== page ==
Replacing fuel filters in small engines has many benefits. The design purpose of fuel filters is to properly filter gas before it reaches the carburetor of your lawnmower, snow blower, or equipment. Replacing fuel filters is important because it can prevent debris from clogging your engine. A dirty fuel filter can cause your engine to run too lean, which can result in decreased performance and uneven operation. Fuel filters are located inside the fuel tank or in the fuel line between the tank and the fuel pump. Some engines have internal, non-serviceable fuel filters.
When replacing fuel filters, make sure you are in a safe area without open flames or sources of ignition. Wear safety glasses when removing or inspecting the filter to protect your eyes from liquid fuel or fuel vapors. Prepare a dry cloth to hold the filter and catch any dripping fuel.
If the filter is installed inside the fuel tank, you need to drain the tank first before removing the fuel filter for inspection or replacement. Close the fuel valve (if equipped). It is located at the bottom of the tank and connects to the fuel line. If your tank does not have a valve, use a fuel line clamp to clamp the gas line. Do not clamp the fuel line as it could damage it.
If your filter is installed in the fuel line, use pliers to remove the metal clamps on both sides of the fuel filter, then slide the filter out of the fuel line. Shake the filter on a clean cloth to displace any remaining fuel, then wipe away any residues on the outside of the filter with the cloth. Hold the filter at a safe distance from your face and look through one end. You should be able to see light passing through from the other side. If debris clogs the mesh screen, pleats, or inside the housing, replace the old filter with a new one.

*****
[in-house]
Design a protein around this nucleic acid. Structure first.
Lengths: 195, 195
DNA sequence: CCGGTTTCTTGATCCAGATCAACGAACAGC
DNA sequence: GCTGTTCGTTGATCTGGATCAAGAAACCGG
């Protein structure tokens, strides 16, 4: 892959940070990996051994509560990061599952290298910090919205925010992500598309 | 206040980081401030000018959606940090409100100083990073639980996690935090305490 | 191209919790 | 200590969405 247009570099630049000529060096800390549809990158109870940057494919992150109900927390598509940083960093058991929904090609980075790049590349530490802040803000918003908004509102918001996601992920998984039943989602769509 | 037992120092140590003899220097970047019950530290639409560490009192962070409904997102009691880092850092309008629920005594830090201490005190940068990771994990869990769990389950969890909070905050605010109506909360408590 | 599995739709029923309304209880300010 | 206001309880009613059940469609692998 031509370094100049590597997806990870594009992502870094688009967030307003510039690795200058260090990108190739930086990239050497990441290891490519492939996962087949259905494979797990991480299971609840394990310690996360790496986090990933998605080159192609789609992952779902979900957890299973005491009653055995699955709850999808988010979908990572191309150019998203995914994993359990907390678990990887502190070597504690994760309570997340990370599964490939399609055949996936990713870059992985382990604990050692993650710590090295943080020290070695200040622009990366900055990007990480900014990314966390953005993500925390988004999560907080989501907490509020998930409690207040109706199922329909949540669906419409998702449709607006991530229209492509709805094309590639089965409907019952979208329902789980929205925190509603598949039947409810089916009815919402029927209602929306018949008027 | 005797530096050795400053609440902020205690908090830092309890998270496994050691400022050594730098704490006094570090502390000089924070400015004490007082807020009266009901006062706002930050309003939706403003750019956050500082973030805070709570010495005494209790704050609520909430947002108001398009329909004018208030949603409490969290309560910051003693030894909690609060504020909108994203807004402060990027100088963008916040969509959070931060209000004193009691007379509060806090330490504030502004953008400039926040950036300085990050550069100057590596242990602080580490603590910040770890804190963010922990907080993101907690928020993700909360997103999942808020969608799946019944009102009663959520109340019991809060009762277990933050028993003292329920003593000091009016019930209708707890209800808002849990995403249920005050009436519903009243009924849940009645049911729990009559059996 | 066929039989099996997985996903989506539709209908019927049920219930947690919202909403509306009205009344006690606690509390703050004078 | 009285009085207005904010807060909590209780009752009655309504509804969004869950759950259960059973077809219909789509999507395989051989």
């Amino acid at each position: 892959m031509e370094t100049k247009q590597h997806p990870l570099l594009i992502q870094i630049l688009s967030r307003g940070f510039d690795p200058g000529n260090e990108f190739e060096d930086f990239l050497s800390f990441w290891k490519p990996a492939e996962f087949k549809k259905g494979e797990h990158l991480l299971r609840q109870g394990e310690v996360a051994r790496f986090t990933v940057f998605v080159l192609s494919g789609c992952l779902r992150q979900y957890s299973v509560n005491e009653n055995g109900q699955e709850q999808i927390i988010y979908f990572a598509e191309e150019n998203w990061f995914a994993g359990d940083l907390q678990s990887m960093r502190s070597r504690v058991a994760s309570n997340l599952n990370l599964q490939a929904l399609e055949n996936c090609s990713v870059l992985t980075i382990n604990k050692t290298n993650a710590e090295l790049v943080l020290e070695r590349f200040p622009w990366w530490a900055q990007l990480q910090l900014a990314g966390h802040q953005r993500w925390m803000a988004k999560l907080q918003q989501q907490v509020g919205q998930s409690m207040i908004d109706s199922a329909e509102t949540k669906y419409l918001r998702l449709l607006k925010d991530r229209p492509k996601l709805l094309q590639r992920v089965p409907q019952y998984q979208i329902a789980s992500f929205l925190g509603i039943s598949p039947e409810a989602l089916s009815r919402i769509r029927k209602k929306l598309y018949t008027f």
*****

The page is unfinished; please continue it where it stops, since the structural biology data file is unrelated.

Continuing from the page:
When replacing fuel filters, be sure to reconnect the metal clamps on both sides of the filter. When the fuel filter is secured, remove the clamp on the fuel line or reopen the fuel valve. Check for leaks. If any are found, do not operate the machine. Note that fuel lines can crack and will deteriorate over time due to component wear. Before starting, operating, or servicing your engine or equipment, be sure to read the engine and equipment manual to avoid personal injury or property damage. If you are unsure of any procedure or have other questions, consult an authorized dealer.